The Covid-19 crisis is affecting all of us in different ways. By working together as a union, we remind ourselves that we’re not alone, and of the importance of collective action in addressing common and particular issues across the University.

I am a first year PhD student who is trying to figure out her research interests and articulate her research ideas through courses as well as extra-curricular activities and engagements.

In the beginning of this crisis, I had to move out of my apartment, leave my housemate, and settle into a studio apartment by myself because she was immunocompromised. I also have felt financial anxieties about COVID-19 because I am a student of a university which has one of the best hospitals in the world, but I still have to pay a co-pay if I ever get COVID-19 since neither in the US nor at Hopkins is health care considered a human right. Further, as an international student, I have been going through this away from home while being constantly worried about my loved ones. All of these events and possibilities caused a great deal of mental distress which made focusing on my courses extremely difficult. Plus, having classes over Zoom decreased my productivity. I was planning to attend two conferences during the Spring semester which were cancelled. My RA work got disrupted. I had planned to read for my research project and travel to possible research sites for preliminary investigations during this summer, but now I can’t travel and I don’t have access to books.

All graduate students’ work have been disrupted in different ways and to different degrees! It is a shame that we have to reveal our personal stories to be heard by our senior colleagues—as if they already don’t know how academia and graduate school operates. We, graduate workers, need a universal funding extension and we know that Hopkins can afford it!

Ronay, 1st-year graduate worker

This is the end of my third year, and I was supposed to do a preliminary research trip this summer, in order to prepare for my year-long archival trip starting in the fall. The summer trip is obviously canceled, and it remains unclear whether the archives and libraries I need to visit will be accessible in the Fall, or even next Spring. How I address this problem depends entirely on whether I can reasonably expect to have funding beyond my 5th year. I do not want to abandon the project I have spent the last two years developing, but if I cannot get a funding extension I may have no other choice. Because of several chronic health problems, I cannot afford to go without health insurance. Given the bleak state of the coming job market, I similarly cannot afford to spend a significant amount of time without any income.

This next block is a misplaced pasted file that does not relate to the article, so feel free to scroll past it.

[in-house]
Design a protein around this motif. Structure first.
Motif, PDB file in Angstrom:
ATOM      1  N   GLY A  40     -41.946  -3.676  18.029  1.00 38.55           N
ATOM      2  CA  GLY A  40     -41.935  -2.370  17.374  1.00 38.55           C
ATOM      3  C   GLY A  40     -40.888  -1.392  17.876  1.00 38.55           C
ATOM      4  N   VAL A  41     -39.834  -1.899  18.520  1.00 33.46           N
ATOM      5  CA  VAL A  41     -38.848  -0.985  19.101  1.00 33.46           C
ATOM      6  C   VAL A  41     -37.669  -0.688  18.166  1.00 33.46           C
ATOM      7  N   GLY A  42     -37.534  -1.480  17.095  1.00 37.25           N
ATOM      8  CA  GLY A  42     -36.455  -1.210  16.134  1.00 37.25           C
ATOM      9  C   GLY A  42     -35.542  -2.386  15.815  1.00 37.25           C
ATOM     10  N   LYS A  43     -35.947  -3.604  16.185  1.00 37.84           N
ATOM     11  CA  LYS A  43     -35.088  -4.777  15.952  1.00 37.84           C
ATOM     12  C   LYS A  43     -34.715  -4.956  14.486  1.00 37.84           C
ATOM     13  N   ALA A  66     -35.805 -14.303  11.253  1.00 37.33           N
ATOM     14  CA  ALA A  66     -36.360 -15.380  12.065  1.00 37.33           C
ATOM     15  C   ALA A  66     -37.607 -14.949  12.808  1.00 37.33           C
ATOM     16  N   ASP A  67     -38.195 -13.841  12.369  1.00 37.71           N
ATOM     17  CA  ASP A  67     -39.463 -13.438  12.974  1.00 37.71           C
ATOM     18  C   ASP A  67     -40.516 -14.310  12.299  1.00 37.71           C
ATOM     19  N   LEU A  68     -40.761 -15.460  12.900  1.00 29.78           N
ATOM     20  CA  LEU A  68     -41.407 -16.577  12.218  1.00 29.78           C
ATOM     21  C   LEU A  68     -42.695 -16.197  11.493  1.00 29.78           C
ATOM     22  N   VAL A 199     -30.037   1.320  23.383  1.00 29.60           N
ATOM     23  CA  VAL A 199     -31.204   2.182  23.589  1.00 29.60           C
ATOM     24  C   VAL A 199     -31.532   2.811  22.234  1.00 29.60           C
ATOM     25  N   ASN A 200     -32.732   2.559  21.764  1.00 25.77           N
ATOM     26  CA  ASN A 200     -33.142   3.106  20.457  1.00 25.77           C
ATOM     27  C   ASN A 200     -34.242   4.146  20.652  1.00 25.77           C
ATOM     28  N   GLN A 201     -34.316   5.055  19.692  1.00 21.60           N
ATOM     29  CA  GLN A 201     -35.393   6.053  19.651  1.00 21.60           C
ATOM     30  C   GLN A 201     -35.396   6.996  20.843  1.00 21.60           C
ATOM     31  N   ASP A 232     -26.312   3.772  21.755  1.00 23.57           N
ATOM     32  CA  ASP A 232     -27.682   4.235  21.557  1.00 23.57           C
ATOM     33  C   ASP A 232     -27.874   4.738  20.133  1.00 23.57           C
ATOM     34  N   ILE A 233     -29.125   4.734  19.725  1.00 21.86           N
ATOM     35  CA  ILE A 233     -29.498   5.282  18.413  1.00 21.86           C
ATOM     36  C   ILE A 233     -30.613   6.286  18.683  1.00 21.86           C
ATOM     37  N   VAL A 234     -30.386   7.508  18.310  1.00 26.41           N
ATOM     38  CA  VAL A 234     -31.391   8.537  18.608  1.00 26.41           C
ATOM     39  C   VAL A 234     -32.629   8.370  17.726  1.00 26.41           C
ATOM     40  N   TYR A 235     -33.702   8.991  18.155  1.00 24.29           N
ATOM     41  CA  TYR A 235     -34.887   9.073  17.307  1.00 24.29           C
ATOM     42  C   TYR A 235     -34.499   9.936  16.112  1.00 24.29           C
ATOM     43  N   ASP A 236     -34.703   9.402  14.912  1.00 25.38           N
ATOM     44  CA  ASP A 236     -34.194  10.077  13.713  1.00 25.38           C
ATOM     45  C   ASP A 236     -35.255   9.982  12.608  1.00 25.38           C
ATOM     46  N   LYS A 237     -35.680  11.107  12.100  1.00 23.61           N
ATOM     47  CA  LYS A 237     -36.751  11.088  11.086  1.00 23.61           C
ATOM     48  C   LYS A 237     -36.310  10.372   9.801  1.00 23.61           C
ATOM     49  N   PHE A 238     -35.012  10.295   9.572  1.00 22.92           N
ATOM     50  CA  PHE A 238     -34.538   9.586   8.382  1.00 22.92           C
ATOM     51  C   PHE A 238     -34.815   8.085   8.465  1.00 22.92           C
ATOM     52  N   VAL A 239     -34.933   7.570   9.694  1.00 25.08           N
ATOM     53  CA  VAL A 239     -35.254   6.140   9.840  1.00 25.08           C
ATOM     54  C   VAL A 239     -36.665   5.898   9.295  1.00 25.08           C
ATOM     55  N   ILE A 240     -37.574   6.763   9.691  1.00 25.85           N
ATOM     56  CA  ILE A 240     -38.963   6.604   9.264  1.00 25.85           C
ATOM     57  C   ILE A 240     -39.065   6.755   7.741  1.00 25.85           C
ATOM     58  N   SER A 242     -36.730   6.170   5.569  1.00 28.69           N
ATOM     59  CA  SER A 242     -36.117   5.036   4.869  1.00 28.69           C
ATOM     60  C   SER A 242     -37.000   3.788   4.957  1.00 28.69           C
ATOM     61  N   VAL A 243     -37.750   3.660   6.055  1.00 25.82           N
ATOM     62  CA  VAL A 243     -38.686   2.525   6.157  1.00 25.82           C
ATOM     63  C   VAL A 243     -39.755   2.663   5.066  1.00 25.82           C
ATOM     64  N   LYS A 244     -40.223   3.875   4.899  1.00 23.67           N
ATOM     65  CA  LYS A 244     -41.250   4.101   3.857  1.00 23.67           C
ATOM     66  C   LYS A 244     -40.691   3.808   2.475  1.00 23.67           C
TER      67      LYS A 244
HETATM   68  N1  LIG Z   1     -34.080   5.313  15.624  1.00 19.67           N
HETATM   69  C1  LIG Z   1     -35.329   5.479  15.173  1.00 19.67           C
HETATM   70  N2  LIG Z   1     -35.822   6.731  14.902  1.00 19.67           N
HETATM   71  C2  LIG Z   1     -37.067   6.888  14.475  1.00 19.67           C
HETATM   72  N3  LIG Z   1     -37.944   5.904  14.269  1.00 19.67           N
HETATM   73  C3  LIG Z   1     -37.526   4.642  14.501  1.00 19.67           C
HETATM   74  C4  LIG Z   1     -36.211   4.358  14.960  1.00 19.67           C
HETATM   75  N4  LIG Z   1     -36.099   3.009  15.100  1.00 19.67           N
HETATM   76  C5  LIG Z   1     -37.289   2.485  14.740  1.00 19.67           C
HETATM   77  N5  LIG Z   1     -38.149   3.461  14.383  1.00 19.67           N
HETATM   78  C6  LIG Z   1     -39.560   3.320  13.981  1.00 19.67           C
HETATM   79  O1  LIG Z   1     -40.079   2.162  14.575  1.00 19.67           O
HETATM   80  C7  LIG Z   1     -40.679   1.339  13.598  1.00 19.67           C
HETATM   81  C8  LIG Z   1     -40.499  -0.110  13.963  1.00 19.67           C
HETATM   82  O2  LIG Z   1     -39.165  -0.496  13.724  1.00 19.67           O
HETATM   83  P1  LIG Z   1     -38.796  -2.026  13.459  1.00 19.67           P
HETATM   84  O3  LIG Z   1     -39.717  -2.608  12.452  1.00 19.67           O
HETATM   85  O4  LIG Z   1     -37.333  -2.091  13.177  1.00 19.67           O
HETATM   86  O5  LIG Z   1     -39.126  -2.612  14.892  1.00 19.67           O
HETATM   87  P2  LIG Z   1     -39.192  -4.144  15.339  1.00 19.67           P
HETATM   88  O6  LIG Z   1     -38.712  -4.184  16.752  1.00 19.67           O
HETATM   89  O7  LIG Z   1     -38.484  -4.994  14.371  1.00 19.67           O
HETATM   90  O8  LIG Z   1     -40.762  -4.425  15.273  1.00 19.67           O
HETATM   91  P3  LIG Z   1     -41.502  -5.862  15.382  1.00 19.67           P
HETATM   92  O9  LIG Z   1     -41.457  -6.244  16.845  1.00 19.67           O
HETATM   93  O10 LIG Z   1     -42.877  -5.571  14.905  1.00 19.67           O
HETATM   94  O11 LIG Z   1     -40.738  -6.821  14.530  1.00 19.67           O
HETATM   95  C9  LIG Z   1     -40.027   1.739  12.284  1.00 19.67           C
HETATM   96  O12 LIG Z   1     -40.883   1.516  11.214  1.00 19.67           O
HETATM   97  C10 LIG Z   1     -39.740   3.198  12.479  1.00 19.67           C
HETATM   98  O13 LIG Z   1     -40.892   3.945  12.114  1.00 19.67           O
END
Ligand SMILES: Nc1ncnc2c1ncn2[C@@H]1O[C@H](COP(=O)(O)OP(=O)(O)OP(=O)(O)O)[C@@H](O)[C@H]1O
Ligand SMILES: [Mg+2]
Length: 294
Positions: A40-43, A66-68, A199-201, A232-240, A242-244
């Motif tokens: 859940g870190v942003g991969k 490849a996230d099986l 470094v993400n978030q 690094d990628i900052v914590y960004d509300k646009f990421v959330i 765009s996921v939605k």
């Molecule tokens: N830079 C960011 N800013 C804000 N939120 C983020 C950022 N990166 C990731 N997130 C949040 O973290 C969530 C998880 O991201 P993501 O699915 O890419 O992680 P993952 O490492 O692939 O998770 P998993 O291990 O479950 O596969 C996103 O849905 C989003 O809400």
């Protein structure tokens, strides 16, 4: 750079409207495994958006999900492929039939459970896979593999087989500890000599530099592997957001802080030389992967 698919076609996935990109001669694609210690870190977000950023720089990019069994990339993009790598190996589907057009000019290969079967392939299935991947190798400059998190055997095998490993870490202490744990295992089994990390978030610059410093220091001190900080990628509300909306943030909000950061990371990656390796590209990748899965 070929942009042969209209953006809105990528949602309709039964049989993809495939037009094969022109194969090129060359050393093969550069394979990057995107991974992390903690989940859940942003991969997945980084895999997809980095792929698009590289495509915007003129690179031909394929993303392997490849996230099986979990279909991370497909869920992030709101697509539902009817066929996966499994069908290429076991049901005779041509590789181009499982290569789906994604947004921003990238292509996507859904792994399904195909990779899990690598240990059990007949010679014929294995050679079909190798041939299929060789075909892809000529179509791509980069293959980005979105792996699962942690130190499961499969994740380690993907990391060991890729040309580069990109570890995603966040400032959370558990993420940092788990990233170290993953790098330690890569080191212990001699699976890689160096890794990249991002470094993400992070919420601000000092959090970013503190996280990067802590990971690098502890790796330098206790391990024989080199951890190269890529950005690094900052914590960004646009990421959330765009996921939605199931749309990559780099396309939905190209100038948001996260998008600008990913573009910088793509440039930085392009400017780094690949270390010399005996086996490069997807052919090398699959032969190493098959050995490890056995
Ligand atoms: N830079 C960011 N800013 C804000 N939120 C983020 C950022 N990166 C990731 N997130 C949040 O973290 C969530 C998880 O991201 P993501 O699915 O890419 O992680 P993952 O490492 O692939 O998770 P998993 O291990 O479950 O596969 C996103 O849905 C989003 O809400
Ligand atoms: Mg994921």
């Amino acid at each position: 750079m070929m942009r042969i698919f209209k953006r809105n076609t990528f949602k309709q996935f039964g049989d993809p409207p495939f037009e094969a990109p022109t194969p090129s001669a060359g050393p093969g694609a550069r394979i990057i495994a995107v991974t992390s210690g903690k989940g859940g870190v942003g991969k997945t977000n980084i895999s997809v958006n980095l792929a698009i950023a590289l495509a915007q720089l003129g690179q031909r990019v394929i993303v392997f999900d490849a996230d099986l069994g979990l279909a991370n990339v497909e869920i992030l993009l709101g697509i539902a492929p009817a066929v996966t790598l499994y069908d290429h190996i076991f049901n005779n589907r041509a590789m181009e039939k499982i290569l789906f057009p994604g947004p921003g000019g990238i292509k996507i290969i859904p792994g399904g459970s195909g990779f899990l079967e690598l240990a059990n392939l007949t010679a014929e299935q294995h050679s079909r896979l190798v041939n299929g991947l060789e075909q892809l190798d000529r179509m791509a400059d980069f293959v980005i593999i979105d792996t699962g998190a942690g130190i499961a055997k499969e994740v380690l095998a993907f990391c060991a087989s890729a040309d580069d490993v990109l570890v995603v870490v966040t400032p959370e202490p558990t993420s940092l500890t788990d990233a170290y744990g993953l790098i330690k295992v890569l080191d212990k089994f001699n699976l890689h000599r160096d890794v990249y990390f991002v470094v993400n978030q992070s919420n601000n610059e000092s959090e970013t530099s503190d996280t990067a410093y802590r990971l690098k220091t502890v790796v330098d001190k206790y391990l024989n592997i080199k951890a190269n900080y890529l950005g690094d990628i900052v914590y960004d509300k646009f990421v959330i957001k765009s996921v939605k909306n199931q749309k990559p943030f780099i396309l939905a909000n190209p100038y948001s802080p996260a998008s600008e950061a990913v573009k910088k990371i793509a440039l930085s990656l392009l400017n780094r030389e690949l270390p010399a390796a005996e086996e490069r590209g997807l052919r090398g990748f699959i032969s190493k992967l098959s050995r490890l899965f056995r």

Vague statements about “support” do not help me. Until I have a firm promise of my future funding, my project will remain in limbo, and I may have to abandon it altogether. Hopkins prides itself on being an elite research institution. Now is the time to draw on its $6 billion endowment so that our research does not suffer do to the uncertainty caused by Covid.

Greg, 3rd-year graduate worker

I’ll restrict myself purely to research as I assume my reader is aware of the physical and mental toll this takes on everyone as we try to deal with this in the best possible way.

I study language acquisition processes. I was in the middle of running participants on the final experiment for my dissertation when we received the notice to stop all research involving human subjects. This was the correct, necessary choice for the school. However, I am not independently wealthy and simply must finish this before my funding ends in August or I will not finish. If I am to finish my research and my dissertation before August, I do not have time to stop (or even pause) running this experiment. Even though I moved as quickly as possible to adapt my tasks to something that can be run virtually, I lost a month of running subjects – almost to the day: I ran my last in-person subject on March 12. I ran my first virtual subject on April 14. I am incredibly fortunate that the ‘virtual study’ seems to be working, but obviously this is not what it was designed for and I will have to justify many changes. Furthermore, the retention rate of participants in the lab was about 2/3. Virtually it is 3/7. The only difference is the fact that we aren’t in person: it matters. This means even though I am able to run participants, it will take longer to reach the number I need and furthermore this will necessarily affect the data. To summarize: (1)  my research had to take a serious pause (2) I had to spend a month devoting my energy to redesigning the study rather than working on other aspects of my dissertation (3) the data I am now collecting comes in more slowly and is definitely affected by the medium.  My dissertation, if submitted before my funding ends in August will scarcely resemble that which I proposed last year.

5th-year graduate worker in Cognitive Science

So how is the situation affecting you and your work? Share your story through our contact form, or by emailing – if you’d like to remain anonymous, you’re welcome to do so.